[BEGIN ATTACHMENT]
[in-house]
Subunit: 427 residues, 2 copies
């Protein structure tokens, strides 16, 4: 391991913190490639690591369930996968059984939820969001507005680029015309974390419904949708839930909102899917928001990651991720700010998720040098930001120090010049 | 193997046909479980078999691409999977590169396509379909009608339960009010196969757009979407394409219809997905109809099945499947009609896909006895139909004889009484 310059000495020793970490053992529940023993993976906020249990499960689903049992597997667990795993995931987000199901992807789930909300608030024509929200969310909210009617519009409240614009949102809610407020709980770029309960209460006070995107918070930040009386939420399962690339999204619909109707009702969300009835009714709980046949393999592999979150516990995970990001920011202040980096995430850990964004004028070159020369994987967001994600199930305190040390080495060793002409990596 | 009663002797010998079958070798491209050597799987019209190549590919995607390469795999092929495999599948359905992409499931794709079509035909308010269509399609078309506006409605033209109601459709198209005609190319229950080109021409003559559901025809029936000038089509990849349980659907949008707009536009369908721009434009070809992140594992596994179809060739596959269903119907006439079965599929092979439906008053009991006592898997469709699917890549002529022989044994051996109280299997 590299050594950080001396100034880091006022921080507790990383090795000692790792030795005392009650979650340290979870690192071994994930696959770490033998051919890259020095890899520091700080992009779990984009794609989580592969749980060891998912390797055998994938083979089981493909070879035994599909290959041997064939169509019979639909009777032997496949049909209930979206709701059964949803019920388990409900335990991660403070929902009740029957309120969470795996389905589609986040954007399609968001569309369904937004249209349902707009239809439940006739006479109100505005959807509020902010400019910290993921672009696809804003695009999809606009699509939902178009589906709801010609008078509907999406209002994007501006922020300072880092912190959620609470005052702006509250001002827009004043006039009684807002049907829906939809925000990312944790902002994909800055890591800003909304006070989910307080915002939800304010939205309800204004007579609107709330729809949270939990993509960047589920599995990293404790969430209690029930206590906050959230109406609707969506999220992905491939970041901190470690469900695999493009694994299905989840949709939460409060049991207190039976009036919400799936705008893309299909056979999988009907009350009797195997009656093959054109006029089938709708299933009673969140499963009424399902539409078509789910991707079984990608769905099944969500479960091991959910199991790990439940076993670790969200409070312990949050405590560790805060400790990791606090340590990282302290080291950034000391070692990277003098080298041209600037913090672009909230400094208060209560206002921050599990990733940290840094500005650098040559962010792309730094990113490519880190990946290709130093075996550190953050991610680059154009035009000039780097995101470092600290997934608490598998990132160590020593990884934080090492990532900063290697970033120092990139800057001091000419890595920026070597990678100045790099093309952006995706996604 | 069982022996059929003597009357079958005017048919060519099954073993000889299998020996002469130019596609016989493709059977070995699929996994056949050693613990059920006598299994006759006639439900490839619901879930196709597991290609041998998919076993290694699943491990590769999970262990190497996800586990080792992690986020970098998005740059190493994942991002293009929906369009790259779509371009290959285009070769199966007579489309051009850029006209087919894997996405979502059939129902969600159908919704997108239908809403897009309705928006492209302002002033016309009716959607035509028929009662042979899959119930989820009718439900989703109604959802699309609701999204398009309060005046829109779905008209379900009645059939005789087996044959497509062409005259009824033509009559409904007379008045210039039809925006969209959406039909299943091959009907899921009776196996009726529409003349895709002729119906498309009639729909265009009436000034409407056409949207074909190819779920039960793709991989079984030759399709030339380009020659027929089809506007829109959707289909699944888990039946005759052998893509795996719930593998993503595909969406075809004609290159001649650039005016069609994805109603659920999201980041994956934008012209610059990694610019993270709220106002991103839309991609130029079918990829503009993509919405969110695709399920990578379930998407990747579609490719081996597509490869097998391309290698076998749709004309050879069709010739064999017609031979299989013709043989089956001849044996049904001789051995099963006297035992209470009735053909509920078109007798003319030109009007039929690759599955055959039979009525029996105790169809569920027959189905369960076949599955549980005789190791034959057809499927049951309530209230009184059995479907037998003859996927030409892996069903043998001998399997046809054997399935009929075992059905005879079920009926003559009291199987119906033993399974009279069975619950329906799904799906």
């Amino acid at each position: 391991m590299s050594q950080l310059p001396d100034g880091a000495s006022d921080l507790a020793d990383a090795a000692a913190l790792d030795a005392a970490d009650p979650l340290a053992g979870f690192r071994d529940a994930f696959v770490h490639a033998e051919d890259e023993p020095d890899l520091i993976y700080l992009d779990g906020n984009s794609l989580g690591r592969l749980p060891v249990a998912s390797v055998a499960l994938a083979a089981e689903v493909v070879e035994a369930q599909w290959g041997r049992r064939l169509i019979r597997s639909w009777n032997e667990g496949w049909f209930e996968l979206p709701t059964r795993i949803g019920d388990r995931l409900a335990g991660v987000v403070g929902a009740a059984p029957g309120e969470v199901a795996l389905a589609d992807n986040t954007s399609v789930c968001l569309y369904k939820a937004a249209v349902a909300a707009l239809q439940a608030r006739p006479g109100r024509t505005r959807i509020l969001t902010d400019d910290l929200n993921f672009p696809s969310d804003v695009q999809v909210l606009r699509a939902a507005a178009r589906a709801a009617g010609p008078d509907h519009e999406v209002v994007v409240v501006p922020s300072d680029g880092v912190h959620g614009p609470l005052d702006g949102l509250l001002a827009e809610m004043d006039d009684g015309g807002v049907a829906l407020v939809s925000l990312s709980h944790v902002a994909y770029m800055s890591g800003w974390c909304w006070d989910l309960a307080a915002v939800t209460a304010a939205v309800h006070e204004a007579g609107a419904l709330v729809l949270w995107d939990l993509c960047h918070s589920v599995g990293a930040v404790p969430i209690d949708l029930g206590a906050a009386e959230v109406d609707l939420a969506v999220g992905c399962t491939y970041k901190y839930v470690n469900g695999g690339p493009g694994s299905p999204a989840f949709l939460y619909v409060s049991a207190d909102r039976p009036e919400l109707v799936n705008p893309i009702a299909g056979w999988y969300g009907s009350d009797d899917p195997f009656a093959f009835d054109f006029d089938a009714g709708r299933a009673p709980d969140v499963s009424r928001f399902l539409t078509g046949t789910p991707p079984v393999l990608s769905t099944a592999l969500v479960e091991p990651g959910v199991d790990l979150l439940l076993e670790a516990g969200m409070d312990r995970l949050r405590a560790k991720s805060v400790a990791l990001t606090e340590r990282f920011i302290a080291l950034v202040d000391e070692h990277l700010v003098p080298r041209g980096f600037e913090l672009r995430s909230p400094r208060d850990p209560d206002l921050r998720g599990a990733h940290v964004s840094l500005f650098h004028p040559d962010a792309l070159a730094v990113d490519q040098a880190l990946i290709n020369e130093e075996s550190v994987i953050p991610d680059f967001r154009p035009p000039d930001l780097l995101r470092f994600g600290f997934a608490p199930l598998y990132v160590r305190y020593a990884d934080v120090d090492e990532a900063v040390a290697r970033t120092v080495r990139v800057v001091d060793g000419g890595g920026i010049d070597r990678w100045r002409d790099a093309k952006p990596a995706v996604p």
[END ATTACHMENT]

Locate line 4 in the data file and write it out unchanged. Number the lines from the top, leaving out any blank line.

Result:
């Amino acid at each position: 391991m590299s050594q950080l310059p001396d100034g880091a000495s006022d921080l507790a020793d990383a090795a000692a913190l790792d030795a005392a970490d009650p979650l340290a053992g979870f690192r071994d529940a994930f696959v770490h490639a033998e051919d890259e023993p020095d890899l520091i993976y700080l992009d779990g906020n984009s794609l989580g690591r592969l749980p060891v249990a998912s390797v055998a499960l994938a083979a089981e689903v493909v070879e035994a369930q599909w290959g041997r049992r064939l169509i019979r597997s639909w009777n032997e667990g496949w049909f209930e996968l979206p709701t059964r795993i949803g019920d388990r995931l409900a335990g991660v987000v403070g929902a009740a059984p029957g309120e969470v199901a795996l389905a589609d992807n986040t954007s399609v789930c968001l569309y369904k939820a937004a249209v349902a909300a707009l239809q439940a608030r006739p006479g109100r024509t505005r959807i509020l969001t902010d400019d910290l929200n993921f672009p696809s969310d804003v695009q999809v909210l606009r699509a939902a507005a178009r589906a709801a009617g010609p008078d509907h519009e999406v209002v994007v409240v501006p922020s300072d680029g880092v912190h959620g614009p609470l005052d702006g949102l509250l001002a827009e809610m004043d006039d009684g015309g807002v049907a829906l407020v939809s925000l990312s709980h944790v902002a994909y770029m800055s890591g800003w974390c909304w006070d989910l309960a307080a915002v939800t209460a304010a939205v309800h006070e204004a007579g609107a419904l709330v729809l949270w995107d939990l993509c960047h918070s589920v599995g990293a930040v404790p969430i209690d949708l029930g206590a906050a009386e959230v109406d609707l939420a969506v999220g992905c399962t491939y970041k901190y839930v470690n469900g695999g690339p493009g694994s299905p999204a989840f949709l939460y619909v409060s049991a207190d909102r039976p009036e919400l109707v799936n705008p893309i009702a299909g056979w999988y969300g009907s009350d009797d899917p195997f009656a093959f009835d054109f006029d089938a009714g709708r299933a009673p709980d969140v499963s009424r928001f399902l539409t078509g046949t789910p991707p079984v393999l990608s769905t099944a592999l969500v479960e091991p990651g959910v199991d790990l979150l439940l076993e670790a516990g969200m409070d312990r995970l949050r405590a560790k991720s805060v400790a990791l990001t606090e340590r990282f920011i302290a080291l950034v202040d000391e070692h990277l700010v003098p080298r041209g980096f600037e913090l672009r995430s909230p400094r208060d850990p209560d206002l921050r998720g599990a990733h940290v964004s840094l500005f650098h004028p040559d962010a792309l070159a730094v990113d490519q040098a880190l990946i290709n020369e130093e075996s550190v994987i953050p991610d680059f967001r154009p035009p000039d930001l780097l995101r470092f994600g600290f997934a608490p199930l598998y990132v160590r305190y020593a990884d934080v120090d090492e990532a900063v040390a290697r970033t120092v080495r990139v800057v001091d060793g000419g890595g920026i010049d070597r990678w100045r002409d790099a093309k952006p990596a995706v996604p």